Szerző: HR Portal
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Jobs are available, all we need are workers

31% of domestic employers plan to expand their workforce in the first quarter of 2024, while 21% predict a reduction, according to a survey by Manpower. IT, finance and real estate are the sectors most likely to see the biggest increases. "There is a shortage of around 20,000 workers with the right digital skills on the labour market," Krisztina Tajthy, secretary general of the IVSZ, told HR Portal. What are companies doing to alleviate the shortage? What does the closure of the Green Fox programming school signal?

GKI Economic Research forecasts economic growth of around 2-2.5% in 2024, after a decline of around half a percent last year. In line with the improving performance of the economy, the research institute expects a significant expansion in employment in 2024, with an unemployment rate of 3.8%, compared with 4.1% this year.

IT is still a hit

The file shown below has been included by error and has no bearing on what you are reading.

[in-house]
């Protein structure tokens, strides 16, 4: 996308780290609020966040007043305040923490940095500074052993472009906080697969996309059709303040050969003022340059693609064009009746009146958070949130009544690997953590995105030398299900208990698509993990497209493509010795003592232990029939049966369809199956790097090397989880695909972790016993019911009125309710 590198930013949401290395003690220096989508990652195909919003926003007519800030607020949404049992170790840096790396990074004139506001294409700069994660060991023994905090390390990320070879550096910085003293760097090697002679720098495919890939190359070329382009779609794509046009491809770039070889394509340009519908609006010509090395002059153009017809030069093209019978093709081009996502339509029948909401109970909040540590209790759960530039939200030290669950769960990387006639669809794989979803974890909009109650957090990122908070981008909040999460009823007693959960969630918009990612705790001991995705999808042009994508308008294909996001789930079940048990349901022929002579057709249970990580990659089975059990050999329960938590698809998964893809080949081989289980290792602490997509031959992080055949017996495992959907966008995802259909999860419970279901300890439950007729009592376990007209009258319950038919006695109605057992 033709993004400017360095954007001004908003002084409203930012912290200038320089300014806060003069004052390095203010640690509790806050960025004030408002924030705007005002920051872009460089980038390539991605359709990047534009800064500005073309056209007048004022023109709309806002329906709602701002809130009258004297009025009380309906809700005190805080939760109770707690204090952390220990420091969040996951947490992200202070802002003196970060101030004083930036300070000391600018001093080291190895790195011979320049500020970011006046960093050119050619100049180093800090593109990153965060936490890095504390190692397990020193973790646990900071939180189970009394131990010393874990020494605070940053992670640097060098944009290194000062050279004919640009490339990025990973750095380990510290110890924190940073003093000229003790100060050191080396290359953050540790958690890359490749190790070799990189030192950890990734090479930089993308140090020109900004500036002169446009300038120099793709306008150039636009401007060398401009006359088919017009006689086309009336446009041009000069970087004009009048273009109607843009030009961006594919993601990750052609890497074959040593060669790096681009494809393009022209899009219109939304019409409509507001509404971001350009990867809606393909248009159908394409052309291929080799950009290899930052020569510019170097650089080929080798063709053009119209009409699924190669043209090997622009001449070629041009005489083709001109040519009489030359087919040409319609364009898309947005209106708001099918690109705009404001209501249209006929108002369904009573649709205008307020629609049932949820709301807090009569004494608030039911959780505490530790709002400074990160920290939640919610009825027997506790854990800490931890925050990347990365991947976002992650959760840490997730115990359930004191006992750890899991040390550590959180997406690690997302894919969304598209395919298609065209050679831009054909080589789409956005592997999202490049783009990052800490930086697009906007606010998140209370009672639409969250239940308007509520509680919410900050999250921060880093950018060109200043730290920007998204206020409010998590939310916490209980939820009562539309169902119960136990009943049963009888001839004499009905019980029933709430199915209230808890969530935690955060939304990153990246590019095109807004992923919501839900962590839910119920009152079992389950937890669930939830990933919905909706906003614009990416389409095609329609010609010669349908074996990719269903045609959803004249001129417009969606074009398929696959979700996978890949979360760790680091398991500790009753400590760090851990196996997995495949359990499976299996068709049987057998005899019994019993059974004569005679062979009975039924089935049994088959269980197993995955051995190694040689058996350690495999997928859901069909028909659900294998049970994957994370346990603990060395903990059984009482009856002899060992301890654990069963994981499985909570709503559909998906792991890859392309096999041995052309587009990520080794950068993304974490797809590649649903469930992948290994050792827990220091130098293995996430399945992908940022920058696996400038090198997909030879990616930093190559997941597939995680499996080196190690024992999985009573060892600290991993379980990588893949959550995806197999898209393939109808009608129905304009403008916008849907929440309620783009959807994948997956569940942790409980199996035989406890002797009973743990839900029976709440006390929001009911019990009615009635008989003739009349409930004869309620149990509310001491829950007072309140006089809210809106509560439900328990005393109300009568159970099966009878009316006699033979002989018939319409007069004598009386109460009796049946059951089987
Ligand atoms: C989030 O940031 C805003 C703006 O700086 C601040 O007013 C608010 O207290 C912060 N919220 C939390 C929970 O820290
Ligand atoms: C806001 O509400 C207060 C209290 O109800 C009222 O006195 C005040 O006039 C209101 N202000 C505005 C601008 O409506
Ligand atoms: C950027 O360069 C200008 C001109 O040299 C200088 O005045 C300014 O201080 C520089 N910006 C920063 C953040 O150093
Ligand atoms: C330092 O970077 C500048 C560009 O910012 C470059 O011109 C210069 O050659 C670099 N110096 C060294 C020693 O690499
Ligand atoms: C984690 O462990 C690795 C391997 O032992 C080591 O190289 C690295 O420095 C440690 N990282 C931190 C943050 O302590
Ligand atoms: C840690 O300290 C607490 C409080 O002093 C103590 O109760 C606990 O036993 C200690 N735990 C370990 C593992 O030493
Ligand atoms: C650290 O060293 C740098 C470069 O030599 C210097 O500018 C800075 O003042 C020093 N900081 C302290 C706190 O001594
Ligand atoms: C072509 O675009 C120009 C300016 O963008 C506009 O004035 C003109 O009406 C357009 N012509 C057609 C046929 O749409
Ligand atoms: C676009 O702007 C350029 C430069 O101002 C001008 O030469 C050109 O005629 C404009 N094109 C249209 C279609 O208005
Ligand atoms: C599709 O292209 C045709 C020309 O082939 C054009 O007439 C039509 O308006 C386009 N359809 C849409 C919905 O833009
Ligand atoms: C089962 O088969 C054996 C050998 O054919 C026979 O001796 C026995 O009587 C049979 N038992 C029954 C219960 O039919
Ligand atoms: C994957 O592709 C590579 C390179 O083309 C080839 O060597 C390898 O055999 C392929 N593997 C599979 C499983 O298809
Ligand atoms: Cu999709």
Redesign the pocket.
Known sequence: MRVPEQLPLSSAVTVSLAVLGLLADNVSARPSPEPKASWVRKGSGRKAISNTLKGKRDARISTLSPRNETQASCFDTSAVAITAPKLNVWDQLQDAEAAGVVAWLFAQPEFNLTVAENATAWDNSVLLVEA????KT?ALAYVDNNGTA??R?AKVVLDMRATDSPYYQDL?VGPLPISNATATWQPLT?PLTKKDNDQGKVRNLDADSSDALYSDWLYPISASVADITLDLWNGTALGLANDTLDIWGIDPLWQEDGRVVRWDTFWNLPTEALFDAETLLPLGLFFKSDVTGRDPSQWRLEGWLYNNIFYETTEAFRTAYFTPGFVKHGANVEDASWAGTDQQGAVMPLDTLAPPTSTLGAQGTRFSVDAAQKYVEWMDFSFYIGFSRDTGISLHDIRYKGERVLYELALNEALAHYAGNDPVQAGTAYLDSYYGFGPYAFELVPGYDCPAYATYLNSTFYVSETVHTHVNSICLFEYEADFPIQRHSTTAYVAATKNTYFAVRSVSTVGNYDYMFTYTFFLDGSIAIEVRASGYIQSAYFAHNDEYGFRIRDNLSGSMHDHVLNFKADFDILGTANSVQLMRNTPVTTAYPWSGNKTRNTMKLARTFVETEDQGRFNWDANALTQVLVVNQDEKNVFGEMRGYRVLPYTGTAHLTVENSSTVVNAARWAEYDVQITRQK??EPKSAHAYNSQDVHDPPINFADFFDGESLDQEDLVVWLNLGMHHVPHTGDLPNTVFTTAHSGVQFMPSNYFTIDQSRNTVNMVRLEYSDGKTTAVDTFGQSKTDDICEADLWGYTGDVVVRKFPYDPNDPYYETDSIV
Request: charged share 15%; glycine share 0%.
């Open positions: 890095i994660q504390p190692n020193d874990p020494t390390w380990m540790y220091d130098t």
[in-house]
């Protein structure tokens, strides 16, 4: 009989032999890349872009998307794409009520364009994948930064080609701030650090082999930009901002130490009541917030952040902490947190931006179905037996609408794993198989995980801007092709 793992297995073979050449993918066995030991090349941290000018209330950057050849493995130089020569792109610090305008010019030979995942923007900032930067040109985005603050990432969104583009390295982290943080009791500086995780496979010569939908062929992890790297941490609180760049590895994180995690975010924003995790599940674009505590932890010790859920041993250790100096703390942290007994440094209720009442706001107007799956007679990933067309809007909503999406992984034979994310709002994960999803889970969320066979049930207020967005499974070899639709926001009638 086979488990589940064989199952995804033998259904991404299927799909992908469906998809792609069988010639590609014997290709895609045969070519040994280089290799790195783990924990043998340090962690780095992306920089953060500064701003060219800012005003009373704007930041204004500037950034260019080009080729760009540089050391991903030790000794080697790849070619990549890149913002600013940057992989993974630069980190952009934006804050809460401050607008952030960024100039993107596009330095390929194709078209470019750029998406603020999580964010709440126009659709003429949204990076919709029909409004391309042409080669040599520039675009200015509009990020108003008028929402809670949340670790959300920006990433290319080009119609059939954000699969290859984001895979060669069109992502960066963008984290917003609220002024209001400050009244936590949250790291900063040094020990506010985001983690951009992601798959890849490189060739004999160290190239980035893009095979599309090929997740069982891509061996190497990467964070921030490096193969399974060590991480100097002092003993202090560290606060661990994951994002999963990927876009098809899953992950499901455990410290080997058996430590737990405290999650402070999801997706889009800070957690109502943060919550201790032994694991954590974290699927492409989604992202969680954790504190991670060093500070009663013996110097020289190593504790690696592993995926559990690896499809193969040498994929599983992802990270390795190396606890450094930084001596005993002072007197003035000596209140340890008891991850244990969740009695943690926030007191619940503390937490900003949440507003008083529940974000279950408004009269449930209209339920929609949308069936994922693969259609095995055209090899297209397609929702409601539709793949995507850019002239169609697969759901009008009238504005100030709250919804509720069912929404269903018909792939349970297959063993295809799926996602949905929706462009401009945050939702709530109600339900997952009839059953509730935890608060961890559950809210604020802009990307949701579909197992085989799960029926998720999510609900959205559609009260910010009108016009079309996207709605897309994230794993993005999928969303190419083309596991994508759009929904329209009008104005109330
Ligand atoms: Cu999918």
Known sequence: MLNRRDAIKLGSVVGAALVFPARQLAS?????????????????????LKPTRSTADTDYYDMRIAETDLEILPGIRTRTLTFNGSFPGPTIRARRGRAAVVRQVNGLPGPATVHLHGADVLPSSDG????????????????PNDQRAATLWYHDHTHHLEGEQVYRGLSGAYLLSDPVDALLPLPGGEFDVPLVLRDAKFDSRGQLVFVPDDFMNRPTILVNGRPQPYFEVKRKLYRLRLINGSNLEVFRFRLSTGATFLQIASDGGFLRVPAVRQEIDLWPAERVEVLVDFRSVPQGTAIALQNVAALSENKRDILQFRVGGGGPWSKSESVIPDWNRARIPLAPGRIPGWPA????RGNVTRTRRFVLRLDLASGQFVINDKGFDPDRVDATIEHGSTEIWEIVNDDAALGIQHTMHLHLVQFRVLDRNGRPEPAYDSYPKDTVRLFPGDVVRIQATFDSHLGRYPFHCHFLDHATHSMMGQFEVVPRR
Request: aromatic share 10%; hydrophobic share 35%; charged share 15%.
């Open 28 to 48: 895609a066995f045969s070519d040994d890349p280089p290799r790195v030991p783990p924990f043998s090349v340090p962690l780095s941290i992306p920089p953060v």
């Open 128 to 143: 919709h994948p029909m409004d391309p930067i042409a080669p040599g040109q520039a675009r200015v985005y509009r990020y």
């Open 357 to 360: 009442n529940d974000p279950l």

Despite the improving outlook, there is still a lot of uncertainty about the path of the economy next year, but in the first quarter of 2024, 31% of domestic employers plan to expand their current workforce, while 21% predict a reduction, according to Manpower Hungary's labour market forecast. In a quarterly survey conducted by the recruitment agency, a representative sample of 525 employers in Hungary were asked about their hiring intentions for the first quarter of 2024. There are significant differences between regions compared to the national average. The largest increases are expected in the Southern Great Plain and Northern Great Plain area, but employers in Central Hungary, Budapest and Northern Hungary also expect above the national average. However, the outlook is gloomier in the Transdanubian regions, where more employers expect to lay off workers than to hire in the South Transdanubian region, while in the rest of the West no significant increase or decrease is expected.